Yesterday, we thought that Joe’s problems had been solved. His aberrant heart rhythm had been identified as ventricular bigeminy, and he was just hanging out in the peace and quiet of the hospital, wearing a heart monitor and relaxing until the elecrophysiologist came in on Monday to evaluate and treat the faulty electrical activity in his heart.
Turns out that was too good to be true.
Joe had a neurology consult today to definitively rule out a stroke. Just like the doctor yesterday, the neurologist said it was almost certainly not a stroke. She did, however, rule something else in. If that turns out to be the case, Joe will have to manage it for the rest of his life.
Joe’s more private than I am, and I’ve probably already shared enough details to make him uncomfortable, so I’m not going to share exactly what she’s looking for. I’m sorry I can’t share more, Dear Reader!
The neurologist scheduled some tests in the coming days, and said that we’d need to make an appointment with her in two or three weeks to go over the results. It was bad news, but it’s manageable.
Unfortunately, her bad news was was quickly eclipsed by worse news.
The cardiologist who came in from home to see Joe yesterday passed the neurologist in his doorway. His booming voice clashed with his soft, kind face “You’re having intermittent episodes of ventricular tachycardia, so we have to change our plans for tomorrow.”
I felt like I’d been kicked in the chest. Joe cried.
I read about ventricular tachycardia last night while I was looking for information on bigeminy, and I knew it meant that Joe’s condition had deteriorated. Or maybe that it hadn’t, but they didn’t know the whole picture at first.
Remember in yesterday’s lesson, I told you about PVCs. PVC stands for premature ventricular contraction, and they happen when the chambers of the heart fill up with blood and contract in the wrong order. When the contractions occur in the wrong order, blood fails to push through the arteries and veins.
Bigeminy means that every normal, productive beat alternates with a PVC, reducing the heart’s effectiveness to half.
Ventricular tachycardia (“V-Tach”) can mean many things, but in conjunction with bigeminy, it means that there are more PVCs than there are normal, productive heartbeats. It can be as few as 3 PVCs in a row or as many as 200 beats per minute.
At its worst, V-Tach can quickly degenerate to ventricular fibrillation (where the heart vibrates instead of contracting fully) and sudden cardiac death (that’s exactly what you think it is – heart failure).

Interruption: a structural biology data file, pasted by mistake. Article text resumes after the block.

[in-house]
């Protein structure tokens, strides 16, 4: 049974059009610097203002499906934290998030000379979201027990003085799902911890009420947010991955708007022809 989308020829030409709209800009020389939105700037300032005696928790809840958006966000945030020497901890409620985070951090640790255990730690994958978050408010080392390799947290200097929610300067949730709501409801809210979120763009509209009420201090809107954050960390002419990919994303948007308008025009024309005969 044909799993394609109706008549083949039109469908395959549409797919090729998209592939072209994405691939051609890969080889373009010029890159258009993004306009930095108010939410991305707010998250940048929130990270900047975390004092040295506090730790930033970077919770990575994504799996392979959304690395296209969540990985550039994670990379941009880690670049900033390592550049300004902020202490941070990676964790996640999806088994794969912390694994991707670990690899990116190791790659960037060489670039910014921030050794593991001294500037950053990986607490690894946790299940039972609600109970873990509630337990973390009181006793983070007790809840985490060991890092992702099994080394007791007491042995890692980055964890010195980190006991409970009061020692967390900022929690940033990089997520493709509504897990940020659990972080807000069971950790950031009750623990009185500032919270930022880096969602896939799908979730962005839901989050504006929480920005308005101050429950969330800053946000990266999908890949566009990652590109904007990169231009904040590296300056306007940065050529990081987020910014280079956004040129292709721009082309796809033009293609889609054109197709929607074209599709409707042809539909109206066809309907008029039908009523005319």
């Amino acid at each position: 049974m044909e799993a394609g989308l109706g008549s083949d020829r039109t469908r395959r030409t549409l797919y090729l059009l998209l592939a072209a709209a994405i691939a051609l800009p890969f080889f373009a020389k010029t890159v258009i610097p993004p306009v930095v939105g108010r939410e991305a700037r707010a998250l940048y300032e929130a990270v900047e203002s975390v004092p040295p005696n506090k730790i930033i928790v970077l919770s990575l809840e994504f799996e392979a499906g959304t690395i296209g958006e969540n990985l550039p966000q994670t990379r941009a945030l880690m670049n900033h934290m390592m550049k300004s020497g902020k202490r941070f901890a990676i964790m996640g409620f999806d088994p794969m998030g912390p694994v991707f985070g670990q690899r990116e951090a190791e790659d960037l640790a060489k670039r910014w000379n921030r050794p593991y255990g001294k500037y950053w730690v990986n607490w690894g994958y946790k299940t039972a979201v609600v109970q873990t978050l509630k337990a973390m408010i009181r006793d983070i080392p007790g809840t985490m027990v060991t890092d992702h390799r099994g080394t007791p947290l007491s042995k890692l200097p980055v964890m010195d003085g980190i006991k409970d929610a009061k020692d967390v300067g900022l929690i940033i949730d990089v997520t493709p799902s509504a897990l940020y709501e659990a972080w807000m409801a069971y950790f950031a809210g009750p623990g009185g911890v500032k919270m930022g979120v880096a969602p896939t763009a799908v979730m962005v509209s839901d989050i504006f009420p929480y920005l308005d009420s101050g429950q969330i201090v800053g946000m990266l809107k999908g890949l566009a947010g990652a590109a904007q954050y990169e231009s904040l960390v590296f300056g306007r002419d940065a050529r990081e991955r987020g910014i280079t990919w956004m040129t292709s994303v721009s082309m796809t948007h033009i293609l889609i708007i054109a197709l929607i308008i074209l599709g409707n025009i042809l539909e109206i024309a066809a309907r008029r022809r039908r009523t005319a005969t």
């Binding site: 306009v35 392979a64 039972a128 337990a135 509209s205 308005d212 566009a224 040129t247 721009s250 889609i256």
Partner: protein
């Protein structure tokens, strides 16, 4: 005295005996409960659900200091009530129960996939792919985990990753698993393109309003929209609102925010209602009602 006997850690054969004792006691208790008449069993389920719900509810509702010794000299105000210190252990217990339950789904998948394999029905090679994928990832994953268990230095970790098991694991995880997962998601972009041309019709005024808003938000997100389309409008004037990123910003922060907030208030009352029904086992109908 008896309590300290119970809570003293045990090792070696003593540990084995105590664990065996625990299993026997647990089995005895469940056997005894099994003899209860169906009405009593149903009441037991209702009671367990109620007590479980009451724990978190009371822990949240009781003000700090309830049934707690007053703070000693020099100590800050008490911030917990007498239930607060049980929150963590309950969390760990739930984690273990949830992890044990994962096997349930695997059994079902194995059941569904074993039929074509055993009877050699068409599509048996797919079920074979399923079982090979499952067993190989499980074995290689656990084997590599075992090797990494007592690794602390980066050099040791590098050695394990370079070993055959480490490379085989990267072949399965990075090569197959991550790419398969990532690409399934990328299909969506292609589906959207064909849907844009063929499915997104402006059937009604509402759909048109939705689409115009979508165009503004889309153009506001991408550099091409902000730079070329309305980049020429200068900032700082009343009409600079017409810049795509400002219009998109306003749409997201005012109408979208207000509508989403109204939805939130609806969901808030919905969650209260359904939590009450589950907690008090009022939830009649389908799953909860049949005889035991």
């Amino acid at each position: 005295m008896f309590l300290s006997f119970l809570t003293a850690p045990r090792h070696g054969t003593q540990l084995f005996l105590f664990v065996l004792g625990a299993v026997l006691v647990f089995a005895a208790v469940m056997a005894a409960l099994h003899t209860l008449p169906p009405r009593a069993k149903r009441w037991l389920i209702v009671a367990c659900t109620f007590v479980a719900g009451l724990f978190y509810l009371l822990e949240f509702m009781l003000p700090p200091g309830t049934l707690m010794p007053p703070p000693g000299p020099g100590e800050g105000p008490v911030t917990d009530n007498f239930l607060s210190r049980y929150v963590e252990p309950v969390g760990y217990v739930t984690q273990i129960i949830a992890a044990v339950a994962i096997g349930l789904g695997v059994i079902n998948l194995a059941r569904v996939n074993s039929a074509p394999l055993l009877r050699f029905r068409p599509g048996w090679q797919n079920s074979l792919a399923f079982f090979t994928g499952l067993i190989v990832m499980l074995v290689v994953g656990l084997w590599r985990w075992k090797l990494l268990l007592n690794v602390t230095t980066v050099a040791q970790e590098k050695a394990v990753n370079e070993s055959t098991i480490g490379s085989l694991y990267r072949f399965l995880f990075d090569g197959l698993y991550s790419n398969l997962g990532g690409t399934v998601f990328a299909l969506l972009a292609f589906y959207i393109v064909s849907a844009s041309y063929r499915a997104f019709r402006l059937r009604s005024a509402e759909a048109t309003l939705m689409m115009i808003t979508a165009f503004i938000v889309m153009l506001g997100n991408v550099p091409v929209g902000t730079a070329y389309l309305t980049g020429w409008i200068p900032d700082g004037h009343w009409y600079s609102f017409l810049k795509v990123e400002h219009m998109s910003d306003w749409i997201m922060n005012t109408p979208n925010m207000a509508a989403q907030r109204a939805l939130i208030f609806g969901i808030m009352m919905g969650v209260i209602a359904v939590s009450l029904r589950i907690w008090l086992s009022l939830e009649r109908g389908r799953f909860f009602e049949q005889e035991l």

And that was tonight’s heart lesson (but remember that I am not an expert. I looked this up on Wikipedia, which my school librarian says is unreliable. Don’t sue me.).
The doctor explained some of this, including the fibrillation and sudden cardiac death part. He didn’t go into specifics (and the monitoring of Joe’s rhythms takes place at the nurse’s station, so I didn’t see them for myself), but he made it clear that Joe’s heart is going into and coming out of V-Tach frequently enough to cause concern among his doctors.
Furthermore, he said that the electrophysiologist could not evaluate Joe until other coronary diseases have been ruled out as the cause of the V-Tach. Apparently, the EP study is dangerous if other problems exist in the heart muscle or the arteries surrounding it.
Grace was weary, and she began to kick the heating unit on the wall. She was making a ruckus. We had to go.
I wanted to stay. I wanted to comfort and encourage my husband. I wanted to hold his hand and pat his arm. I wanted to be strong for him and help him to see that he’s going to be okay.
Grace had to go. There was no way around it.
We left Joe crying in his room and walked to the car.
I think I felt more alone in those moments than I ever before in my life. Needing comfort and conversation and companionship, I called a dear old friend and asked if she’d meet me for an early dinner.
We talked about hearts and love and God and prayer. Grace ran around and played and laughed. After we’d finished, Grace and I headed back to the hospital where we visited with Joe and his parents for another hour or so.
God isn’t too good to be true, and He has a plan. His plan is good. Maybe this is happening now so that Joe’s heart can be fixed and he won’t have other more serious problems later on.
I’m scared, and I’m sad, but I believe that He is going to bring Joe through.
Please pray for us.
Photo courtesy of gumdropgas on Flickr
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